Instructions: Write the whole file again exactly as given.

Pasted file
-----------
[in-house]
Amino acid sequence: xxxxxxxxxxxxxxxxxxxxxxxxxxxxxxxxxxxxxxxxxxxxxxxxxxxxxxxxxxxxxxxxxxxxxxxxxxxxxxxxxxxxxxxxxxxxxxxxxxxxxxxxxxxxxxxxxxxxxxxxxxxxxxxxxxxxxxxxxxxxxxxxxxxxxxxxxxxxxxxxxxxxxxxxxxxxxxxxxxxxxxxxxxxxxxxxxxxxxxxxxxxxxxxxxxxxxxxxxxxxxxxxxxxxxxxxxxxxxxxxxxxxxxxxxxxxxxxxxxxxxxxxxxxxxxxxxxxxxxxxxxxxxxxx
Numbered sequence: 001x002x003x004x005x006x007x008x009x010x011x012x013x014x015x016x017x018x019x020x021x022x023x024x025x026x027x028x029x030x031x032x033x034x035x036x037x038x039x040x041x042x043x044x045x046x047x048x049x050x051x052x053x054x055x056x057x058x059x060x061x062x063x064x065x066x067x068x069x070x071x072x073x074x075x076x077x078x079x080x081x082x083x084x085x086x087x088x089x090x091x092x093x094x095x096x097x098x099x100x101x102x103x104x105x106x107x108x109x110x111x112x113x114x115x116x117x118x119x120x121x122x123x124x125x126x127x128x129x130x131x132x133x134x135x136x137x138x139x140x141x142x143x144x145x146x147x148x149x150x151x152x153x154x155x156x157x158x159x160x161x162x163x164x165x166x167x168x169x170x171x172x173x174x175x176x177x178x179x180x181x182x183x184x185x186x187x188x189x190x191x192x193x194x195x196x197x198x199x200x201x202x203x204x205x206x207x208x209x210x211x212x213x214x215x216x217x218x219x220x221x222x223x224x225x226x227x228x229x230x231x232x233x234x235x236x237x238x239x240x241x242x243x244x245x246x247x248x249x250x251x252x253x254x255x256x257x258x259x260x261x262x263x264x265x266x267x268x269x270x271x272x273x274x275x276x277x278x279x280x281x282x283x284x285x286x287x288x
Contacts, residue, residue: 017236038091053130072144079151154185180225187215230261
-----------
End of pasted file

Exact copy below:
[in-house]
Amino acid sequence: xxxxxxxxxxxxxxxxxxxxxxxxxxxxxxxxxxxxxxxxxxxxxxxxxxxxxxxxxxxxxxxxxxxxxxxxxxxxxxxxxxxxxxxxxxxxxxxxxxxxxxxxxxxxxxxxxxxxxxxxxxxxxxxxxxxxxxxxxxxxxxxxxxxxxxxxxxxxxxxxxxxxxxxxxxxxxxxxxxxxxxxxxxxxxxxxxxxxxxxxxxxxxxxxxxxxxxxxxxxxxxxxxxxxxxxxxxxxxxxxxxxxxxxxxxxxxxxxxxxxxxxxxxxxxxxxxxxxxxxxxxxxxxxx
Numbered sequence: 001x002x003x004x005x006x007x008x009x010x011x012x013x014x015x016x017x018x019x020x021x022x023x024x025x026x027x028x029x030x031x032x033x034x035x036x037x038x039x040x041x042x043x044x045x046x047x048x049x050x051x052x053x054x055x056x057x058x059x060x061x062x063x064x065x066x067x068x069x070x071x072x073x074x075x076x077x078x079x080x081x082x083x084x085x086x087x088x089x090x091x092x093x094x095x096x097x098x099x100x101x102x103x104x105x106x107x108x109x110x111x112x113x114x115x116x117x118x119x120x121x122x123x124x125x126x127x128x129x130x131x132x133x134x135x136x137x138x139x140x141x142x143x144x145x146x147x148x149x150x151x152x153x154x155x156x157x158x159x160x161x162x163x164x165x166x167x168x169x170x171x172x173x174x175x176x177x178x179x180x181x182x183x184x185x186x187x188x189x190x191x192x193x194x195x196x197x198x199x200x201x202x203x204x205x206x207x208x209x210x211x212x213x214x215x216x217x218x219x220x221x222x223x224x225x226x227x228x229x230x231x232x233x234x235x236x237x238x239x240x241x242x243x244x245x246x247x248x249x250x251x252x253x254x255x256x257x258x259x260x261x262x263x264x265x266x267x268x269x270x271x272x273x274x275x276x277x278x279x280x281x282x283x284x285x286x287x288x
Contacts, residue, residue: 017236038091053130072144079151154185180225187215230261